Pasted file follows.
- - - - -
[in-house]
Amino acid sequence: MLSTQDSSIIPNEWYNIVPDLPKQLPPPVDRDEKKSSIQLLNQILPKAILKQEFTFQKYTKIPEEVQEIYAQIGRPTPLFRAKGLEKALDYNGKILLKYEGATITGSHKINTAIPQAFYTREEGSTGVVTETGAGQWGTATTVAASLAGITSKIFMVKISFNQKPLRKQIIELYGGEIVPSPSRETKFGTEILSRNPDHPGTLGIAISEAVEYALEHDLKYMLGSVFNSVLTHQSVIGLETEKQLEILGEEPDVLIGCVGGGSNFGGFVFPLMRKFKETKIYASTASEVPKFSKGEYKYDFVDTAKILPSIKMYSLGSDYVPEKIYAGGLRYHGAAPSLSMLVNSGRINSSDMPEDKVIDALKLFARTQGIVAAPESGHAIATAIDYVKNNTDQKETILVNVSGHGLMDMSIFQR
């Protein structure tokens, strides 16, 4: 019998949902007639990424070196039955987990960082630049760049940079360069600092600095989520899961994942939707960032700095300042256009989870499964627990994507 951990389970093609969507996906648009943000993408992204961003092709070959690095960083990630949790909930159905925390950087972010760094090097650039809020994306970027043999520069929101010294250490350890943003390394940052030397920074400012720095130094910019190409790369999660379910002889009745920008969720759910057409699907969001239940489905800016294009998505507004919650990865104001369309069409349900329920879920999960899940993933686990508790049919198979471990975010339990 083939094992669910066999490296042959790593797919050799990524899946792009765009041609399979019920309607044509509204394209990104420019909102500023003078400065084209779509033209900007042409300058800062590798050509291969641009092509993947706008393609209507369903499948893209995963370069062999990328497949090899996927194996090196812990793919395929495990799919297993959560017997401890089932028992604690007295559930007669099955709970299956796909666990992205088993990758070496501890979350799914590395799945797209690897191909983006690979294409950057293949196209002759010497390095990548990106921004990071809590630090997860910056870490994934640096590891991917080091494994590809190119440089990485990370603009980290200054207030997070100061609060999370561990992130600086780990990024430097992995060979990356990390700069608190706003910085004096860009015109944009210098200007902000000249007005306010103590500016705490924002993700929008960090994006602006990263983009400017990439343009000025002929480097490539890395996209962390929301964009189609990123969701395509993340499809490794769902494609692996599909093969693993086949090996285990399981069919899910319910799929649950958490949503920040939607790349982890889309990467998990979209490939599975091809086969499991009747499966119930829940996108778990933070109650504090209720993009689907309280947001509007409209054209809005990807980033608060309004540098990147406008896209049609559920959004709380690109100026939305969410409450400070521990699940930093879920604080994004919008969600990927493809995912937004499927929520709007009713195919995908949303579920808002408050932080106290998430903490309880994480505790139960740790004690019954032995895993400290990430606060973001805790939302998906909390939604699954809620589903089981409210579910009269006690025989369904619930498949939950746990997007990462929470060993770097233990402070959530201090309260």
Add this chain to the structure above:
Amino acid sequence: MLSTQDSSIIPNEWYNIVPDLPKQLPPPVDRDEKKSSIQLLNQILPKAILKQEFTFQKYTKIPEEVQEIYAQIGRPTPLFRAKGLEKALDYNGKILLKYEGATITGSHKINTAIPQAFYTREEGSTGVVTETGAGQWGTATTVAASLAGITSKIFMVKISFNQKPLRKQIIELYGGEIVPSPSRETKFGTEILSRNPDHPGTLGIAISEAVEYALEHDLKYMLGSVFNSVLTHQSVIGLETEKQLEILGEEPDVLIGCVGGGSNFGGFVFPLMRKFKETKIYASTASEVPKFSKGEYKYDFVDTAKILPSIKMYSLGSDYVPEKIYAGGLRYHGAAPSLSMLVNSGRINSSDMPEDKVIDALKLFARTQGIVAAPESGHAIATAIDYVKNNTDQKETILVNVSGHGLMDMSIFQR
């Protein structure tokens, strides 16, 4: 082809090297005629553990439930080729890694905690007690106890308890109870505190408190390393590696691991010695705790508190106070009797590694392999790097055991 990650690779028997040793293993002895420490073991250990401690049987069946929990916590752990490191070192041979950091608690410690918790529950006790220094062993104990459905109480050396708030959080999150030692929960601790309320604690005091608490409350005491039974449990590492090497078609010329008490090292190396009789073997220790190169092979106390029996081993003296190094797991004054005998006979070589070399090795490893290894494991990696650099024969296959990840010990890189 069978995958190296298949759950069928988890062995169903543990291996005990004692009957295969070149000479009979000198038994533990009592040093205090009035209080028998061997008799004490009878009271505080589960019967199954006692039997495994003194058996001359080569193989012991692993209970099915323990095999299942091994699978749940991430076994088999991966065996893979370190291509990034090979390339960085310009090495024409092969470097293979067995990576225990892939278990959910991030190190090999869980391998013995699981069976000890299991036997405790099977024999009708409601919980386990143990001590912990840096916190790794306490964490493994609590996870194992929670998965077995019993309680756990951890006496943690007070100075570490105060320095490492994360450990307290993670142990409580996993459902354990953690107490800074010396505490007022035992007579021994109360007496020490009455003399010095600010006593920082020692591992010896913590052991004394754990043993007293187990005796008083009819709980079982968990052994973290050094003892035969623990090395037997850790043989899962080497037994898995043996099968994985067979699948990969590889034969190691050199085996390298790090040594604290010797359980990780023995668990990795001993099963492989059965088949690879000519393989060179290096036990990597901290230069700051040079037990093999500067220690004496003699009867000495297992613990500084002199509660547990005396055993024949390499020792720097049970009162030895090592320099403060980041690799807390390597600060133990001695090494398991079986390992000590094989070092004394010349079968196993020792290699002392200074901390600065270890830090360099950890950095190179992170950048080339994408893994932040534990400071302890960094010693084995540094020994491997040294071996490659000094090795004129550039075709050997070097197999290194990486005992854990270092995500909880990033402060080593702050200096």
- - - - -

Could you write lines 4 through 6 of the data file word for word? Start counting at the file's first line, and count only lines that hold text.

Add this chain to the structure above:
Amino acid sequence: MLSTQDSSIIPNEWYNIVPDLPKQLPPPVDRDEKKSSIQLLNQILPKAILKQEFTFQKYTKIPEEVQEIYAQIGRPTPLFRAKGLEKALDYNGKILLKYEGATITGSHKINTAIPQAFYTREEGSTGVVTETGAGQWGTATTVAASLAGITSKIFMVKISFNQKPLRKQIIELYGGEIVPSPSRETKFGTEILSRNPDHPGTLGIAISEAVEYALEHDLKYMLGSVFNSVLTHQSVIGLETEKQLEILGEEPDVLIGCVGGGSNFGGFVFPLMRKFKETKIYASTASEVPKFSKGEYKYDFVDTAKILPSIKMYSLGSDYVPEKIYAGGLRYHGAAPSLSMLVNSGRINSSDMPEDKVIDALKLFARTQGIVAAPESGHAIATAIDYVKNNTDQKETILVNVSGHGLMDMSIFQR
């Protein structure tokens, strides 16, 4: 082809090297005629553990439930080729890694905690007690106890308890109870505190408190390393590696691991010695705790508190106070009797590694392999790097055991 990650690779028997040793293993002895420490073991250990401690049987069946929990916590752990490191070192041979950091608690410690918790529950006790220094062993104990459905109480050396708030959080999150030692929960601790309320604690005091608490409350005491039974449990590492090497078609010329008490090292190396009789073997220790190169092979106390029996081993003296190094797991004054005998006979070589070399090795490893290894494991990696650099024969296959990840010990890189 069978995958190296298949759950069928988890062995169903543990291996005990004692009957295969070149000479009979000198038994533990009592040093205090009035209080028998061997008799004490009878009271505080589960019967199954006692039997495994003194058996001359080569193989012991692993209970099915323990095999299942091994699978749940991430076994088999991966065996893979370190291509990034090979390339960085310009090495024409092969470097293979067995990576225990892939278990959910991030190190090999869980391998013995699981069976000890299991036997405790099977024999009708409601919980386990143990001590912990840096916190790794306490964490493994609590996870194992929670998965077995019993309680756990951890006496943690007070100075570490105060320095490492994360450990307290993670142990409580996993459902354990953690107490800074010396505490007022035992007579021994109360007496020490009455003399010095600010006593920082020692591992010896913590052991004394754990043993007293187990005796008083009819709980079982968990052994973290050094003892035969623990090395037997850790043989899962080497037994898995043996099968994985067979699948990969590889034969190691050199085996390298790090040594604290010797359980990780023995668990990795001993099963492989059965088949690879000519393989060179290096036990990597901290230069700051040079037990093999500067220690004496003699009867000495297992613990500084002199509660547990005396055993024949390499020792720097049970009162030895090592320099403060980041690799807390390597600060133990001695090494398991079986390992000590094989070092004394010349079968196993020792290699002392200074901390600065270890830090360099950890950095190179992170950048080339994408893994932040534990400071302890960094010693084995540094020994491997040294071996490659000094090795004129550039075709050997070097197999290194990486005992854990270092995500909880990033402060080593702050200096």